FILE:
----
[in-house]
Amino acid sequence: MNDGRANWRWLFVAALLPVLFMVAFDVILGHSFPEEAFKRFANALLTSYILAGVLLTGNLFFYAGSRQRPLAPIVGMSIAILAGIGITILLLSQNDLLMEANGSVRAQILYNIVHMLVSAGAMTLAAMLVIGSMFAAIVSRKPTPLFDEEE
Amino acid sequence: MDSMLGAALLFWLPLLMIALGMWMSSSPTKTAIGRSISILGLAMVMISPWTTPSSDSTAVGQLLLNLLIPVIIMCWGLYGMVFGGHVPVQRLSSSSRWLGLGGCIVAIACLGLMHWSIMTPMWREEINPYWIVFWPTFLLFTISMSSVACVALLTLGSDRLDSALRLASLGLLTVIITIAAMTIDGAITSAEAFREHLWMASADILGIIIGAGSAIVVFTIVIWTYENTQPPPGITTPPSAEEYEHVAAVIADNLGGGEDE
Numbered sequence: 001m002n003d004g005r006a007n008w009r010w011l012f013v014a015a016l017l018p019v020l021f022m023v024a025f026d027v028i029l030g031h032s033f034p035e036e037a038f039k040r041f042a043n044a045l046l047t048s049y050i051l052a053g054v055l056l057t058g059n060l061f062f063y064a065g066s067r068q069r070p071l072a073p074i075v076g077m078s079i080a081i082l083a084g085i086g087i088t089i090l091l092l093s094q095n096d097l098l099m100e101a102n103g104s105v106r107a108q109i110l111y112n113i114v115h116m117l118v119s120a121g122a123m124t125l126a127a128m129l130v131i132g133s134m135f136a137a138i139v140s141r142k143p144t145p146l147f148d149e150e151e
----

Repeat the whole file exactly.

[in-house]
Amino acid sequence: MNDGRANWRWLFVAALLPVLFMVAFDVILGHSFPEEAFKRFANALLTSYILAGVLLTGNLFFYAGSRQRPLAPIVGMSIAILAGIGITILLLSQNDLLMEANGSVRAQILYNIVHMLVSAGAMTLAAMLVIGSMFAAIVSRKPTPLFDEEE
Amino acid sequence: MDSMLGAALLFWLPLLMIALGMWMSSSPTKTAIGRSISILGLAMVMISPWTTPSSDSTAVGQLLLNLLIPVIIMCWGLYGMVFGGHVPVQRLSSSSRWLGLGGCIVAIACLGLMHWSIMTPMWREEINPYWIVFWPTFLLFTISMSSVACVALLTLGSDRLDSALRLASLGLLTVIITIAAMTIDGAITSAEAFREHLWMASADILGIIIGAGSAIVVFTIVIWTYENTQPPPGITTPPSAEEYEHVAAVIADNLGGGEDE
Numbered sequence: 001m002n003d004g005r006a007n008w009r010w011l012f013v014a015a016l017l018p019v020l021f022m023v024a025f026d027v028i029l030g031h032s033f034p035e036e037a038f039k040r041f042a043n044a045l046l047t048s049y050i051l052a053g054v055l056l057t058g059n060l061f062f063y064a065g066s067r068q069r070p071l072a073p074i075v076g077m078s079i080a081i082l083a084g085i086g087i088t089i090l091l092l093s094q095n096d097l098l099m100e101a102n103g104s105v106r107a108q109i110l111y112n113i114v115h116m117l118v119s120a121g122a123m124t125l126a127a128m129l130v131i132g133s134m135f136a137a138i139v140s141r142k143p144t145p146l147f148d149e150e151e